Serge Lutens Muscs Koublai Khan : Perfume Review

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Mkk

Star rating: 5 stars–outstanding/potential classic, 4 stars–very good, 3 stars–adequate, 2 stars–disappointing, 1 star–poor.

Reading reviews and impressions of Serge Lutens Muscs Koublaï Khan can be both frightening and hilarious. Just consider Tania Sanchez’s “the armpit of a camel driver who has not been near running water in a week!” Out of my respect for your sensibilities, I will spare you further colorful descriptions I have found. All I can say is that I do not get why Muscs Koublaï Khan instills the same fear as the Mongol horde once did. Either I have had enough of clean fragrances or have enjoyed too many animalic ones, but I find Muscs Koublaï Khan glamorous and sophisticated in the style of great oriental classics like Dana Tabu, Myrurgia Maja, and a more recent vintage, Calvin Klein Obsession. Unlike these “Venus in furs” fragrances, however, Muscs Koublaï Khan is drier and sharper, which makes it more modern. If your tolerance for animalic notes extends only to the soft suggestion of “freshly laundered linen,” then Muscs Koublaï Khan will be offensive. On the other hand, if you love the sensual richness of animalic notes, it is a must try perfume.

Its nod to the grand parfums of the past is contained as much in its full-bodied character as its twisted and surprising development on the skin. Muscs Koublaï Khan keeps its wearer in suspense from the very start when the sweet ambery chord begins to soften and reveal the smoky woods, musk and leather. A vivid flourish of jasmine and rose flashes across the darkness of the composition, serving as a caressing touch after the roughness of balsamic and animalic notes. The apricot like shimmer of jasmine soon fades away, but the crimson red rose petals remain behind, twisting around the smoky incense and warm leather accents.

My favorite part of Muscs Koublaï Khan is its drydown. If the earlier stages of the composition suggest a decadent fantasy of salty skin and cognac scented kisses, the later story is even more beguiling. The rooty, green musk and earthy patchouli combine to create an impression of having falling asleep on the beach– the scents of hot sand and seaweed blend with those of your wet hair and sun warmed skin to create your own unique and intimate fragrance. And perhaps, you still remember that kiss…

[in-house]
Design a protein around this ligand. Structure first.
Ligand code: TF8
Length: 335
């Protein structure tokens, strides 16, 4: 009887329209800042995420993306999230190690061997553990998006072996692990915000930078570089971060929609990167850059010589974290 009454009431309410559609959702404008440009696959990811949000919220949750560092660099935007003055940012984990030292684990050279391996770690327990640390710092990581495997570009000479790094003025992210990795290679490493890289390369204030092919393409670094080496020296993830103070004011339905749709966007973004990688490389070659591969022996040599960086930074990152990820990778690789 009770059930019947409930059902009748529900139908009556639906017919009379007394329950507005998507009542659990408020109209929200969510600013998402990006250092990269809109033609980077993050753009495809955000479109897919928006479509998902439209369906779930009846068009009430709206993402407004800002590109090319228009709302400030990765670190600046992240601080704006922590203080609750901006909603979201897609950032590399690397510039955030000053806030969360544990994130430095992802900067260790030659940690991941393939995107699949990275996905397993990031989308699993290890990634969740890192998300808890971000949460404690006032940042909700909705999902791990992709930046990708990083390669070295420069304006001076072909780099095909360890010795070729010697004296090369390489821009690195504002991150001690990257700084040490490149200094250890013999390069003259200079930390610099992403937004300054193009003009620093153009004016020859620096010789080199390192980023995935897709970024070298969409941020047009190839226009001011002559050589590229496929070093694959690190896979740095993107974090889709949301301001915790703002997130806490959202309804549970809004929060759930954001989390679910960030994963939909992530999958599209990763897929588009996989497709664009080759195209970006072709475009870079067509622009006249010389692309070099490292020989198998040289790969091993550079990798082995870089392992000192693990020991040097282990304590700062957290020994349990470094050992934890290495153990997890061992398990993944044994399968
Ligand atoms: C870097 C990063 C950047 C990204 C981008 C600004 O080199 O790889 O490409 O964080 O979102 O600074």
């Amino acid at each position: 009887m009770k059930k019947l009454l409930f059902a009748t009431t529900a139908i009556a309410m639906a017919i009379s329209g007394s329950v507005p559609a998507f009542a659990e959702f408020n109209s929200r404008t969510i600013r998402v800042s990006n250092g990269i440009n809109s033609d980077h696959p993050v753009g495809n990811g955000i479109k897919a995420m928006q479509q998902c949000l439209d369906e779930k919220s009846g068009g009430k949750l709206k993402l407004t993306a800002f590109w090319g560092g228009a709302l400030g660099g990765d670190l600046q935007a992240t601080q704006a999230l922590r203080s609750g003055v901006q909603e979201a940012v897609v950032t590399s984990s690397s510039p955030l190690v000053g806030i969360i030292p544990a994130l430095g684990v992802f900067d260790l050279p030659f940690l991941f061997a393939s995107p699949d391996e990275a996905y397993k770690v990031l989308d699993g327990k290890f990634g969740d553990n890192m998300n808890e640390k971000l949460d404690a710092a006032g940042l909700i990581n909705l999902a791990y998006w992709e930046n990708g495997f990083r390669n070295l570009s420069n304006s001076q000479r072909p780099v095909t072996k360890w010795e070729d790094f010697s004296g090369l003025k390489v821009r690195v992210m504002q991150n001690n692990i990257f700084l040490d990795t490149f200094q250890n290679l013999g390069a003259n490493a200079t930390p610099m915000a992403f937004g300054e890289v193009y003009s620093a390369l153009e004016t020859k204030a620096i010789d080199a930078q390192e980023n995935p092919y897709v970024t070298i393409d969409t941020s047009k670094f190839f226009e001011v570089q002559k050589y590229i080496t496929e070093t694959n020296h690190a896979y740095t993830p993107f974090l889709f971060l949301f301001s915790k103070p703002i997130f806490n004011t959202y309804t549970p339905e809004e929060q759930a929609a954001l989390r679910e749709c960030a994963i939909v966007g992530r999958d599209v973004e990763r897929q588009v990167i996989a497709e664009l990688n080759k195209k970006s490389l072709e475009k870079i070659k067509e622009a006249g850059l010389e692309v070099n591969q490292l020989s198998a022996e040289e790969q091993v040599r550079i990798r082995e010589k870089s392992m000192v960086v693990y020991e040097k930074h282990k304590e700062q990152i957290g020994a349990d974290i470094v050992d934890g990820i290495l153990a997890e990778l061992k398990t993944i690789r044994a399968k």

Serge Lutens Muscs Koublaï Khan Eau de Parfum includes notes of vegetal musk, costus, labdanum, ambergris, vanilla, patchouli, ambrette seeds, rose. It is sold in the export as well as in the exclusive collections. The export line fragrances are available from Aedes, Beautyhabit, Luckyscent, Barneys, Bergdorf Goodman, and from some Neiman Marcus locations. $140, 50ml.

Sample: my own acquisition

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31 Comments

  • Miss Kitty: This is one of my favorites! I don’t understand the aversion some people have to it, although the first time I sniffed it on paper I definitely got the armpit note. And then I couldn’t stop thinking about it. :) Go figure. It’s one of the few scents I have that I’ve never had a day of regret wearing. October 18, 2011 at 9:14am Reply

  • Victoria: That note is obvious on paper to me, but it disappears on the skin. It really makes think of the “fur perfumes” of the 1930s. October 18, 2011 at 10:36am Reply

  • carmencanada: A few days ago, I was lucky enough to get to smell a demijohn that had contained musk tincture. It’s been empty for 20 years but it is still powerfully fragrant. Up to then, my only experience with real musk came from teensy-tiny blotters, so that getting a big waft was an epiphany, after which my most coherent comment was: “MMMMMMMMMMMM….aaaaaaaaaaaah.”
    Obviously I couldn’t do a side-by-side but when my cortex kicked back in, I thought that MKK actually comes pretty close to capturing the effect of musk tincture, which I believe was the intent. October 18, 2011 at 10:38am Reply

  • Victoria: Your comment really made me smile, because that was my exact reaction upon smelling an old vat we once found in the lab in Grasse that contained remnants of musk. It must have been very old, but the fragrance was there. It was like releasing a genie from a bottle–that thing had an almost palpable presence. And yes, it was close to MKK in some ways–that animalic sweetness blended with the leathery dryness. Such an interesting juxtaposition of sensations. October 18, 2011 at 10:51am Reply

  • Nikki: Interesting description and commentaries…I only tried this Musc on paper so if it smells better on skin, I will try it. Your last list of fragrances made me buy 3 big bottles of Chopard’s Madness…unsniffed, based on your review. Can’t wait to get them…and why 3? Because they are soooo inexpensive on e-bay, I just couldn’t resist to get 3 for the price of a small one if it had been regularly priced. Next time when I go up to Barney’s, I will try the Serge Lutens Musc and buy Frederic Malle’s Fleur de Cassie and my thanks go to Carmencanada for identifying the flower Carmen throws to her lover. Who can resist? October 18, 2011 at 11:47am Reply